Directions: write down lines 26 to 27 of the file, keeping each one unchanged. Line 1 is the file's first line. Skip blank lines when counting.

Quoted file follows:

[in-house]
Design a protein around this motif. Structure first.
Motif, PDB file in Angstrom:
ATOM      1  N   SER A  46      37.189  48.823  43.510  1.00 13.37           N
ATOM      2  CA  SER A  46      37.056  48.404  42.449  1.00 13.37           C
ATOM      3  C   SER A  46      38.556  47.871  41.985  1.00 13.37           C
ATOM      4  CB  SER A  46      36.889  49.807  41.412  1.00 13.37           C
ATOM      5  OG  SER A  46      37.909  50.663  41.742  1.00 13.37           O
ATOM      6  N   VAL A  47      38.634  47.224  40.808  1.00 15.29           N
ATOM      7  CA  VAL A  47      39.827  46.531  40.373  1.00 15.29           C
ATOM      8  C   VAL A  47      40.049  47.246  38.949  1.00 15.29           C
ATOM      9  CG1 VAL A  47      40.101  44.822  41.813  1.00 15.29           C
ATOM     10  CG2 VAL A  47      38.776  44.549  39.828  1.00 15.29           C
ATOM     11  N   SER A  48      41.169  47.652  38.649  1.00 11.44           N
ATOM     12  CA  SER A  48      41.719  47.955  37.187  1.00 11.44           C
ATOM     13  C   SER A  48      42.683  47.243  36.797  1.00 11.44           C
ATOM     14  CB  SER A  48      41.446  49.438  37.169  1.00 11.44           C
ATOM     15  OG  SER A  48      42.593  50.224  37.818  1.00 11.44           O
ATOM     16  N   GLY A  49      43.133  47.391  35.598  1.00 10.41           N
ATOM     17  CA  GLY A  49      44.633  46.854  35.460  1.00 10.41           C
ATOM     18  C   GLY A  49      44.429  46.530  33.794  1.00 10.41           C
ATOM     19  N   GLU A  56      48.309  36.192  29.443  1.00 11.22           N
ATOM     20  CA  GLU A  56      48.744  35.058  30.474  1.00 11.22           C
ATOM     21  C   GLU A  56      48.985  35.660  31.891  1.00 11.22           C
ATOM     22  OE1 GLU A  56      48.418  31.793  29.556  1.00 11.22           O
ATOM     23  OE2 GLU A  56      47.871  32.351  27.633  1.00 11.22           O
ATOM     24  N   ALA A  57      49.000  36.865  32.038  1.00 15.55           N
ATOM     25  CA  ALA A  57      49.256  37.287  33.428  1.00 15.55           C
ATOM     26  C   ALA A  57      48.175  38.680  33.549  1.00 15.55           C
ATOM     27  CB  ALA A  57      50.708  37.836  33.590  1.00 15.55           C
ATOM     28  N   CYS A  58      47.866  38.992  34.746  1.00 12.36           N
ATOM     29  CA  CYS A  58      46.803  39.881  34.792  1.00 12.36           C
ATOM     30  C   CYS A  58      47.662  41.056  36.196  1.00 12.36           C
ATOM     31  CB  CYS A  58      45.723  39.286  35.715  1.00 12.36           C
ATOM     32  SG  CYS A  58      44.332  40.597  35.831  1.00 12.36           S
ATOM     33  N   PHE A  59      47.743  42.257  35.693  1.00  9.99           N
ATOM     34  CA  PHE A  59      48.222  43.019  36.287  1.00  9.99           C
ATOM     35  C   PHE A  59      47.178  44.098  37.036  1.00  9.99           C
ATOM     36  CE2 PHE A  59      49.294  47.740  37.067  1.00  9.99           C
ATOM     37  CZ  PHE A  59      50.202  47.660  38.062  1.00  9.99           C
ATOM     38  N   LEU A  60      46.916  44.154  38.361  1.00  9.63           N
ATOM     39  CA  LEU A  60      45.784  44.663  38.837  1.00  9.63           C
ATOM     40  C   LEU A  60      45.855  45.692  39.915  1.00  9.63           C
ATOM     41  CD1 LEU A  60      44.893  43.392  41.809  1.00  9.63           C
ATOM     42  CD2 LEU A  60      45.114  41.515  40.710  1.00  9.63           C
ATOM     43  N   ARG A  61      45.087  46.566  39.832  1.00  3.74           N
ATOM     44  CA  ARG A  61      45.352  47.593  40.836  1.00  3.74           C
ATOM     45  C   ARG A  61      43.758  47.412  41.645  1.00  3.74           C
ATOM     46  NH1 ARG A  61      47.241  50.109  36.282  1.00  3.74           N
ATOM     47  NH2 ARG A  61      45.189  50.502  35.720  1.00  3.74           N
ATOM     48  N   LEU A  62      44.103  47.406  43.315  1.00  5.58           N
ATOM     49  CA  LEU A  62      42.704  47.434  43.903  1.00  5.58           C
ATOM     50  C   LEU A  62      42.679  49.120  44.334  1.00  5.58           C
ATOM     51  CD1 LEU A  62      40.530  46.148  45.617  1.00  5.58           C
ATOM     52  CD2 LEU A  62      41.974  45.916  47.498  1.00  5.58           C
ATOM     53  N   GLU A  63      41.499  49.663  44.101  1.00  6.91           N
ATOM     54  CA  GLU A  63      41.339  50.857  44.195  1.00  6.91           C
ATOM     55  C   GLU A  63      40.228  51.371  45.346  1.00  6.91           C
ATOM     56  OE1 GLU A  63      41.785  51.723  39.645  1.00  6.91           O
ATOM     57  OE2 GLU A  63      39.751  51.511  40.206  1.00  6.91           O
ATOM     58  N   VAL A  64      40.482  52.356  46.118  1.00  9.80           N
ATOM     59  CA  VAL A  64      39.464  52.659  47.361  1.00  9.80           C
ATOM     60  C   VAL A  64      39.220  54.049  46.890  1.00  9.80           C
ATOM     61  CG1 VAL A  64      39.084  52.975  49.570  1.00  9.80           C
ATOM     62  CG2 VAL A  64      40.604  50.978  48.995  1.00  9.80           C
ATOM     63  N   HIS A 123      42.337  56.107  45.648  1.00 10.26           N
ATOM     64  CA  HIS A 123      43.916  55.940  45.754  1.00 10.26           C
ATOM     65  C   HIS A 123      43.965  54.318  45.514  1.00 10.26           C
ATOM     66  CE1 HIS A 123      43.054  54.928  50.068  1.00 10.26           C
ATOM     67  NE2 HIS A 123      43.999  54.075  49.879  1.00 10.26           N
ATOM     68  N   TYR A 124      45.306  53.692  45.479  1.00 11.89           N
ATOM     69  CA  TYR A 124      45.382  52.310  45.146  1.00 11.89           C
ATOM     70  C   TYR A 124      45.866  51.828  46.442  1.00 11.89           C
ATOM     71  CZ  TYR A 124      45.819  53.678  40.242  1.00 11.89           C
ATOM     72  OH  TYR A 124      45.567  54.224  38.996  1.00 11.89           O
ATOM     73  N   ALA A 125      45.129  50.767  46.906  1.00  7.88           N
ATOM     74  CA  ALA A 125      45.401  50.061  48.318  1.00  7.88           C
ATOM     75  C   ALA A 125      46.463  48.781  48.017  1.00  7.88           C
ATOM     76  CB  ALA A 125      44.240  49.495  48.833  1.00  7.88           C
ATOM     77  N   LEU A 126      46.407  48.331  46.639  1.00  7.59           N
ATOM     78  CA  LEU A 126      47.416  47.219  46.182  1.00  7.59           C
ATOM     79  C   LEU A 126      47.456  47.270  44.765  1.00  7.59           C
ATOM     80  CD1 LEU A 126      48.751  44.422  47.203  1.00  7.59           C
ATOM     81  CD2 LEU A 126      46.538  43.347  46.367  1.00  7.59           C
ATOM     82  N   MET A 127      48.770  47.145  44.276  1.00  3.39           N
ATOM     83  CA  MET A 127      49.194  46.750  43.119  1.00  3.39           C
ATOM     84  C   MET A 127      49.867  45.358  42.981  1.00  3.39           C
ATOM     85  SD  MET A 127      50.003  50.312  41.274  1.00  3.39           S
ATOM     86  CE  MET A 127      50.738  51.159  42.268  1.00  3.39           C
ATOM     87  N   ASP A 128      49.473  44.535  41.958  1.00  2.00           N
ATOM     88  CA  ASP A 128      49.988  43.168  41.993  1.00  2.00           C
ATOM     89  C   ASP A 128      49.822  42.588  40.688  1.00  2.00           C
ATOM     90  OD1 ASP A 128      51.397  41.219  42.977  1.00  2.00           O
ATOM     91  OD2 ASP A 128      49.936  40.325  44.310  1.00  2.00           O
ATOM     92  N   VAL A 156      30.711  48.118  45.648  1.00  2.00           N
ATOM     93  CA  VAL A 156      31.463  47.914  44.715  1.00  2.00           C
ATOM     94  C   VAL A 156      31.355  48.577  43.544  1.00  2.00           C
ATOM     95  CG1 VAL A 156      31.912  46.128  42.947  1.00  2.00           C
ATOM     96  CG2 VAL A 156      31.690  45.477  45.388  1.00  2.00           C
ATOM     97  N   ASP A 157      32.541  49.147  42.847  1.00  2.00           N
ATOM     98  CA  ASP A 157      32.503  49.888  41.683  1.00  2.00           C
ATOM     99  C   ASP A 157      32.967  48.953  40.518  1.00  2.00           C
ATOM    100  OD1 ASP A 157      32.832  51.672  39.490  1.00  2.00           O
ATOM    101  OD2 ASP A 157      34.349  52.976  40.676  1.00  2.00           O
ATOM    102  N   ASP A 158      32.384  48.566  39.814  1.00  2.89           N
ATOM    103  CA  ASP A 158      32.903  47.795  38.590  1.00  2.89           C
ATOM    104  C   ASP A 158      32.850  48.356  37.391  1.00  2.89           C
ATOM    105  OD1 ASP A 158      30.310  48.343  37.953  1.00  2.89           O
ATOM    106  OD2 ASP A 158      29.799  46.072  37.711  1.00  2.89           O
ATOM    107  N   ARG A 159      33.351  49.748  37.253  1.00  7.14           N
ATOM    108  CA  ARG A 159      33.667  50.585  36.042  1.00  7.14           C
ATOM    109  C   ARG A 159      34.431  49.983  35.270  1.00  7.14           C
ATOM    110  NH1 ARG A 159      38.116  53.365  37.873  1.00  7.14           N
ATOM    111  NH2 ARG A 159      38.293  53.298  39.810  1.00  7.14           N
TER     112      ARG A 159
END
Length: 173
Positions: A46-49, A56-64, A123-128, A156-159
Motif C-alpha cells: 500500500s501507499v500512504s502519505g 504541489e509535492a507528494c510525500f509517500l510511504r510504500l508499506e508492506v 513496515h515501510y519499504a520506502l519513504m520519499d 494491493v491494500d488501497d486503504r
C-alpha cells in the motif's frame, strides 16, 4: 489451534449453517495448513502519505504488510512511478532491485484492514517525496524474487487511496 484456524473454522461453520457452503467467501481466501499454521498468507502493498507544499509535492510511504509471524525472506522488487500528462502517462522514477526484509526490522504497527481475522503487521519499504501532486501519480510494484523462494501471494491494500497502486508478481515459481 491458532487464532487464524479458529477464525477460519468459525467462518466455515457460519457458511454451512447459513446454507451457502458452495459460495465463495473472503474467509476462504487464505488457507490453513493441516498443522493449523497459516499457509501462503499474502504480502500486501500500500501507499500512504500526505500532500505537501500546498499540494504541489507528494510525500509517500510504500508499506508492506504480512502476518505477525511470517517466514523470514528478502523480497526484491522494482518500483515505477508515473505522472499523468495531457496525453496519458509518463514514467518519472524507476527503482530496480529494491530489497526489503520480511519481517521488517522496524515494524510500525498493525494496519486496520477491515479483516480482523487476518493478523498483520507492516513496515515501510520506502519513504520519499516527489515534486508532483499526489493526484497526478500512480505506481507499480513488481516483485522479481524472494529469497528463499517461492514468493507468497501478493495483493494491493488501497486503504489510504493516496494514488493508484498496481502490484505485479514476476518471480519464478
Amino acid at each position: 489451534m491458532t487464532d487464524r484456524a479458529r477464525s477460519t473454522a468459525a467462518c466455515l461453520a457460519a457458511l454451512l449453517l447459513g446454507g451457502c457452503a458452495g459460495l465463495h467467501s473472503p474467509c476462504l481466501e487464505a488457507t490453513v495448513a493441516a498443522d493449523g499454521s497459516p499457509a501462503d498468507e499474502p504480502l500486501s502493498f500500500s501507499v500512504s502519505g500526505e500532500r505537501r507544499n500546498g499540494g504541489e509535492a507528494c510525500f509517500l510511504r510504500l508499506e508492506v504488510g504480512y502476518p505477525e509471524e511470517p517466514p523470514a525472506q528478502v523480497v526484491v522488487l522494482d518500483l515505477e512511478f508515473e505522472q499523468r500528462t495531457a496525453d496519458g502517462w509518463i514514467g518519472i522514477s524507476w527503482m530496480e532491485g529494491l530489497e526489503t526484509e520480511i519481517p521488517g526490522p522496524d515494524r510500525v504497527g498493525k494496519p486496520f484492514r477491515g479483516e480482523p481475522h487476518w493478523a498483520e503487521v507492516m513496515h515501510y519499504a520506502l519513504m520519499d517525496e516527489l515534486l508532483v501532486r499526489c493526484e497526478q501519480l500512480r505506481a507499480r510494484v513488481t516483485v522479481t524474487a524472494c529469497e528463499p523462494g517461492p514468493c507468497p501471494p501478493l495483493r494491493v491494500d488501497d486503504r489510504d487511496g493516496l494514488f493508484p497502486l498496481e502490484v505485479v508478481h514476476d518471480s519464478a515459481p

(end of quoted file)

ATOM     23  OE2 GLU A  56      47.871  32.351  27.633  1.00 11.22           O
ATOM     24  N   ALA A  57      49.000  36.865  32.038  1.00 15.55           N